A work of art hasn't made me this angry since I read Chinua Achebe's Things Fall Apart
; I left the theater in blind rage at the injustice of it all. Agitprop in the best sense of the word, the film played me like a well-plucked guitar, striking the right chords with my leftist tendencies, Republican sympathies (Irish Republican sympathies that is), and general disappointment with the outcome of the midterm election (though I don't know why I should be so disappointed, Bill Clinton finished the job of selling-out the liberal wing of the Democratic party, and how much does it really matter anymore, we live under a hopelessly corrupt, corporate plutocracy, I mean, the federal government and the media is preparing to crucify Martha Stewart for the relatively benign crime of insider trading, but Kenneth Lay walks around without even an indictment; only a few politicians left have any real integrity, and one of them died last week in a plane crash, even my Congresswoman, Tammy Baldwin, the only openly gay woman in Congress, is beholden to the truckloads of money from out of state that keep her competitive outside of the Madison city limits). But I also saw the darker, current parallels with the situation in Israel, and the probable, nightmarish future of the US, post-next major terrorist attack (looking into the future what do I see: Muslim citizens should probably kiss their civil rights away, the possible repeal of Posse Comitatus, the return of something like the Sedition Act; why not stuff like this always crops up during wartime, and that's where we are heading, a state of perpetual warfare and occupation). Well, enough with my crazy political rant, this is starting to sound like a real blog post!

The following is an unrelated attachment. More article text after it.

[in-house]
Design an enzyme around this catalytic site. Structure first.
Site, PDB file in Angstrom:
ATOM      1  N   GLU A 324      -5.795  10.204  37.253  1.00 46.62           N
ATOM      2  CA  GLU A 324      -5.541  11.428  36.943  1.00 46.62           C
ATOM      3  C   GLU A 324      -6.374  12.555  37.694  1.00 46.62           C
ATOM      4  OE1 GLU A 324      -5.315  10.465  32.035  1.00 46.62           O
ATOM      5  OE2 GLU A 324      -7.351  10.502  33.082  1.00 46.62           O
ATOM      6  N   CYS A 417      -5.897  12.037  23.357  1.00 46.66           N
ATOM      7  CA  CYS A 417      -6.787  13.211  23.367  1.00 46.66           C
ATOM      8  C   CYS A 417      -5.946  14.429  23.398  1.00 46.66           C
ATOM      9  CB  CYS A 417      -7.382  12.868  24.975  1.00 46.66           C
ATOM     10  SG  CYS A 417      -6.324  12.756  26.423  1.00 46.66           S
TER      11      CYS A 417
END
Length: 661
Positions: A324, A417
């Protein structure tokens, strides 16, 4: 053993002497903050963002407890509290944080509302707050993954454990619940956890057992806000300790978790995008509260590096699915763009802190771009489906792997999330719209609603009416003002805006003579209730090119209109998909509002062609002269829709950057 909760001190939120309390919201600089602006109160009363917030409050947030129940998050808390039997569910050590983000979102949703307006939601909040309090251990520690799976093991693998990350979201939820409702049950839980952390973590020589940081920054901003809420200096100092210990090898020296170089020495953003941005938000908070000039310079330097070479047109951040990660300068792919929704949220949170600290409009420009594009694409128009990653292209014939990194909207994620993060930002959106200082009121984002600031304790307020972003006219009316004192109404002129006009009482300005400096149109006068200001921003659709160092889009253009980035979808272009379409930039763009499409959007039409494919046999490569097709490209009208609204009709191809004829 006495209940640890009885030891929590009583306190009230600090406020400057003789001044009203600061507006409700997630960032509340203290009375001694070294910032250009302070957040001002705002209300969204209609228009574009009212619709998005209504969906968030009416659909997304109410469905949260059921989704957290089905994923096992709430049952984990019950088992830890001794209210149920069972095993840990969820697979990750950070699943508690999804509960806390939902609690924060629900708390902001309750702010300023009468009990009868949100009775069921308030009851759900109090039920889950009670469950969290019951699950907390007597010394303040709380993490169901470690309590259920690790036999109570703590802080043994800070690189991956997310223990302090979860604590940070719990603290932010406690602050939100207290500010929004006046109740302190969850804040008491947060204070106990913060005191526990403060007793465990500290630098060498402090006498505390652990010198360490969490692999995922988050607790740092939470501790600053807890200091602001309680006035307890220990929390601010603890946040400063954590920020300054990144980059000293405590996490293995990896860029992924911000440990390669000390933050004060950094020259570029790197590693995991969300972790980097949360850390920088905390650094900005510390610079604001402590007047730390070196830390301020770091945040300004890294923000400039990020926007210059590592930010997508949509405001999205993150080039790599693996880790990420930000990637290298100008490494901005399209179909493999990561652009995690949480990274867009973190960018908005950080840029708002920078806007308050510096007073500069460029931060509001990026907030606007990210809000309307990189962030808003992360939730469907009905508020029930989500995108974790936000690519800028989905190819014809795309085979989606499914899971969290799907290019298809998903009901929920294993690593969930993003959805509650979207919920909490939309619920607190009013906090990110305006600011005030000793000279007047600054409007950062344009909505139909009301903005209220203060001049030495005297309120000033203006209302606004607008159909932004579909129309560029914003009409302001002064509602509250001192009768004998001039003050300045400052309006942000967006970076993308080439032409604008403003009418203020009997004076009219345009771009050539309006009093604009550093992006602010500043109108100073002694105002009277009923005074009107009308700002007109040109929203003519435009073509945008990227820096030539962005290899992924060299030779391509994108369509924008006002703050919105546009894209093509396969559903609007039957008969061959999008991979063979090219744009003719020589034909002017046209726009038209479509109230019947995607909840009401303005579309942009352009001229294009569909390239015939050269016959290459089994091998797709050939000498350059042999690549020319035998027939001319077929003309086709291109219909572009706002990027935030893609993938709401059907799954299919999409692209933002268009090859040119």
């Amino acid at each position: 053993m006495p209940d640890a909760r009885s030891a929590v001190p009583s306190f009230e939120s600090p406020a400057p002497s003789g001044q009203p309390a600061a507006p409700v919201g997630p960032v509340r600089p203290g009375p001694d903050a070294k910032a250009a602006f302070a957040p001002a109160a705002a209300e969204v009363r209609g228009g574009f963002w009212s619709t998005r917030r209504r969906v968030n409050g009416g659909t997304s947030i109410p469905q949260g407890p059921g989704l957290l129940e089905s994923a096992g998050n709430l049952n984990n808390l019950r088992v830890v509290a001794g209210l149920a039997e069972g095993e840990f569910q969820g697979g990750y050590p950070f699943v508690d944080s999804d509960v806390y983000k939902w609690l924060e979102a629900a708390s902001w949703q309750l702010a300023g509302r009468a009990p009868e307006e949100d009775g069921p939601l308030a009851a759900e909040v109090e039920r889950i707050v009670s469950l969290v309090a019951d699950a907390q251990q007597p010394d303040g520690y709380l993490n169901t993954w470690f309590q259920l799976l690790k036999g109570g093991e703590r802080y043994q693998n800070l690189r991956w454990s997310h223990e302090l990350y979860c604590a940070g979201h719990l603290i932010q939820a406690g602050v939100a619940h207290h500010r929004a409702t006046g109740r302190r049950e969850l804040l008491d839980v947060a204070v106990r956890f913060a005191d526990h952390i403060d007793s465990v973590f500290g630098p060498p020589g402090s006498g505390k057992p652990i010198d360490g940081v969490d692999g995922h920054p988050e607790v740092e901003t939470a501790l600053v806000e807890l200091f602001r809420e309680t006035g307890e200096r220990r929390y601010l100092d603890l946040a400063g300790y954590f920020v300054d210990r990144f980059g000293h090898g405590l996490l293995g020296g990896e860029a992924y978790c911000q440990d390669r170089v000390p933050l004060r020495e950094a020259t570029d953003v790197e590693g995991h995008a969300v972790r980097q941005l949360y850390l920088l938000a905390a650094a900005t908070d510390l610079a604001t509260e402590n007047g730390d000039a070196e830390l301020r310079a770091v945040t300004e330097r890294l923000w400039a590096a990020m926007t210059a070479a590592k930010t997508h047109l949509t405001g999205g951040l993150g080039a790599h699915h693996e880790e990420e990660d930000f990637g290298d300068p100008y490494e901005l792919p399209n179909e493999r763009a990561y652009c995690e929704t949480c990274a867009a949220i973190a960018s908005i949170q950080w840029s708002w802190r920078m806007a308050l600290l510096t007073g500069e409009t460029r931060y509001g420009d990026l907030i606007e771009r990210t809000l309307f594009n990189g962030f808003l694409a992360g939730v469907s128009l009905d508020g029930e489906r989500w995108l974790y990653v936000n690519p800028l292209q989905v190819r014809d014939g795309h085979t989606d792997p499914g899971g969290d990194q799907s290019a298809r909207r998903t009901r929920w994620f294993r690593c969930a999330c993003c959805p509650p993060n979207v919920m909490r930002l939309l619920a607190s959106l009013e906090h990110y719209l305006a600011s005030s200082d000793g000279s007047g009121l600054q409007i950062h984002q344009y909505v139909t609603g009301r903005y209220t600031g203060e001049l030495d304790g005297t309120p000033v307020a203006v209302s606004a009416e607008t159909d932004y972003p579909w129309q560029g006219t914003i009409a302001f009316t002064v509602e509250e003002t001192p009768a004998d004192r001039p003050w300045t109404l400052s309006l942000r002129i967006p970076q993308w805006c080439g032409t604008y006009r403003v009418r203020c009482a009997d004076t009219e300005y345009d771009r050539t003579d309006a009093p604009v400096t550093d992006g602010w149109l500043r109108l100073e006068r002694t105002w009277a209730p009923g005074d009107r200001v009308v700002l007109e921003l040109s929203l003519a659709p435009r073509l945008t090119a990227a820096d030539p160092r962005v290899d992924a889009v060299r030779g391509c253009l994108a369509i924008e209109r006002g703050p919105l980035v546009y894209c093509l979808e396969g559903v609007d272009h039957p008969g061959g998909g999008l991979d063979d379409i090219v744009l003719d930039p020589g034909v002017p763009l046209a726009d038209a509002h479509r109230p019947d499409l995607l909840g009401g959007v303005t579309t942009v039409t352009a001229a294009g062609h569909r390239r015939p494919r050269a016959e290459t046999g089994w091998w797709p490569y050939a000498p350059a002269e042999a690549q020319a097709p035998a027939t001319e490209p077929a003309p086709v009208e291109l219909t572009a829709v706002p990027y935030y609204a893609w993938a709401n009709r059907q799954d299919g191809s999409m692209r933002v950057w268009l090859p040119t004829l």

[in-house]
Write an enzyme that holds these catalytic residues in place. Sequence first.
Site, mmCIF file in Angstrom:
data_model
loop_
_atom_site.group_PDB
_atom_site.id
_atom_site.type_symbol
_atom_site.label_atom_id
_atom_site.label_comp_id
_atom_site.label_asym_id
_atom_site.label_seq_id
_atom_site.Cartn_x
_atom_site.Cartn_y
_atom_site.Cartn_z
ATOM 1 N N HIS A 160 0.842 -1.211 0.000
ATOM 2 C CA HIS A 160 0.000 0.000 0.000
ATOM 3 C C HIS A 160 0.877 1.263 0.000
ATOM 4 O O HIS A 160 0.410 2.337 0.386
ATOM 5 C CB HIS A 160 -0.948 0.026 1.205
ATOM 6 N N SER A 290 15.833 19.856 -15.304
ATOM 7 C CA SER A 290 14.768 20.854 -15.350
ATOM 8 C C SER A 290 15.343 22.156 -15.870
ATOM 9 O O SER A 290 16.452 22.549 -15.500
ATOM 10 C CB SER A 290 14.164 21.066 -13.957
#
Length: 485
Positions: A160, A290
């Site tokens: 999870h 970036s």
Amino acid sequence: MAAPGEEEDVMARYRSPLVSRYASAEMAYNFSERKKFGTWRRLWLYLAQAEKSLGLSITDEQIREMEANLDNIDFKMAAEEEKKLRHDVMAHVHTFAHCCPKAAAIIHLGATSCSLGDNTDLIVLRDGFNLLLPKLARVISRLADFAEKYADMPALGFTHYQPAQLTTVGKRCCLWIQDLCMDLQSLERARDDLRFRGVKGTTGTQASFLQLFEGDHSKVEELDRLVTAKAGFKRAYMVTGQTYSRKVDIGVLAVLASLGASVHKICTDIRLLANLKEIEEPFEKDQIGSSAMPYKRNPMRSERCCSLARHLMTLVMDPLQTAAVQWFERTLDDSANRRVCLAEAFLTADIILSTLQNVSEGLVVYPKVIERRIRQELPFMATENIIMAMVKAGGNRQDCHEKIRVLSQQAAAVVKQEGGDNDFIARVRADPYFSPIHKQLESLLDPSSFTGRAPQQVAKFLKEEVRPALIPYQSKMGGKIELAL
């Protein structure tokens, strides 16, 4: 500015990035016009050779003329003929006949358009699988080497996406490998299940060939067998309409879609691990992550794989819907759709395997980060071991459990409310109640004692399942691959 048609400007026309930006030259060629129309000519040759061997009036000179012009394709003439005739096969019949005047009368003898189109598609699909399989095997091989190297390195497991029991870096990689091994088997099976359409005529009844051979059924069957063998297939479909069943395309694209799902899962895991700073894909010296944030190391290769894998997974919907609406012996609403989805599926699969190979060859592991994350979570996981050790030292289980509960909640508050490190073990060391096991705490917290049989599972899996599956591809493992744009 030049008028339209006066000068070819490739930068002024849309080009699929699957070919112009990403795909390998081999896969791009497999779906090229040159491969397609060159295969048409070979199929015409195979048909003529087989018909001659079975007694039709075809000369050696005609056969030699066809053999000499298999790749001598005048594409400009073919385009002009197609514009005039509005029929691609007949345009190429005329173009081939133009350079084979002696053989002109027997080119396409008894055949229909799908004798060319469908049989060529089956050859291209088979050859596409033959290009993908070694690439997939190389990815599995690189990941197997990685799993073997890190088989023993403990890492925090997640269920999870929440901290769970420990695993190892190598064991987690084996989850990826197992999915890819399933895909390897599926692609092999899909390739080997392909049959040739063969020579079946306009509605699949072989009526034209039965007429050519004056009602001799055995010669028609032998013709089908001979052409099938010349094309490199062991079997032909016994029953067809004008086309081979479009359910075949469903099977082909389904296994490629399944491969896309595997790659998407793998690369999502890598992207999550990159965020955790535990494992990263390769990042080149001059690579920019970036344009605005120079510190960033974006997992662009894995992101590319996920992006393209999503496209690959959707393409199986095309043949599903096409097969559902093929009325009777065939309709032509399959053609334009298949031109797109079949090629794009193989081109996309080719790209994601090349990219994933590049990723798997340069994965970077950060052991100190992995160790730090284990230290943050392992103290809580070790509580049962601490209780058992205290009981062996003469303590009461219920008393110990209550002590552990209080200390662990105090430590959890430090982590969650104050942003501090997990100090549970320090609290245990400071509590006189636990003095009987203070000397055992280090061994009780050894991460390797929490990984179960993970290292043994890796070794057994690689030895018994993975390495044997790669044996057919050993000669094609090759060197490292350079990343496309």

is a chilling recreation of the eponymous events in the Bogside in 1972; it's a docudrama in the best sense of the word, fusing the distinct possiblities of documentary cinema (the sense of immediacy) with narrative cinema (unfettered access). You sit there waiting, watching the episodic narrative unfold, waiting for the inevitable, bloody events; it's something of handicap for an artwork to overcome, especially artworks rooted in well-known historical narratives, where the outcome is already well-known. Michael Mann's Ali
, while somewhat interesting, failed in this regard, there was no real sense of suspense during the fore-ordained outcome, because it did not real focus on the details and failed to establish any real connection with the characters (I admired Will Smith and Jon Voight's performances, but I wasn't particularly moved by them). Details, details, detail, and great performances are key to making these types of films work (also pacing, that always helps). Personally, I haven't really sat watching a movie or TV show with this kind of pit in my stomach since I re-watched a Buffy the Vampire Slayer
episode called "Seeing Red," waiting for the inevitable, tragic conclusion.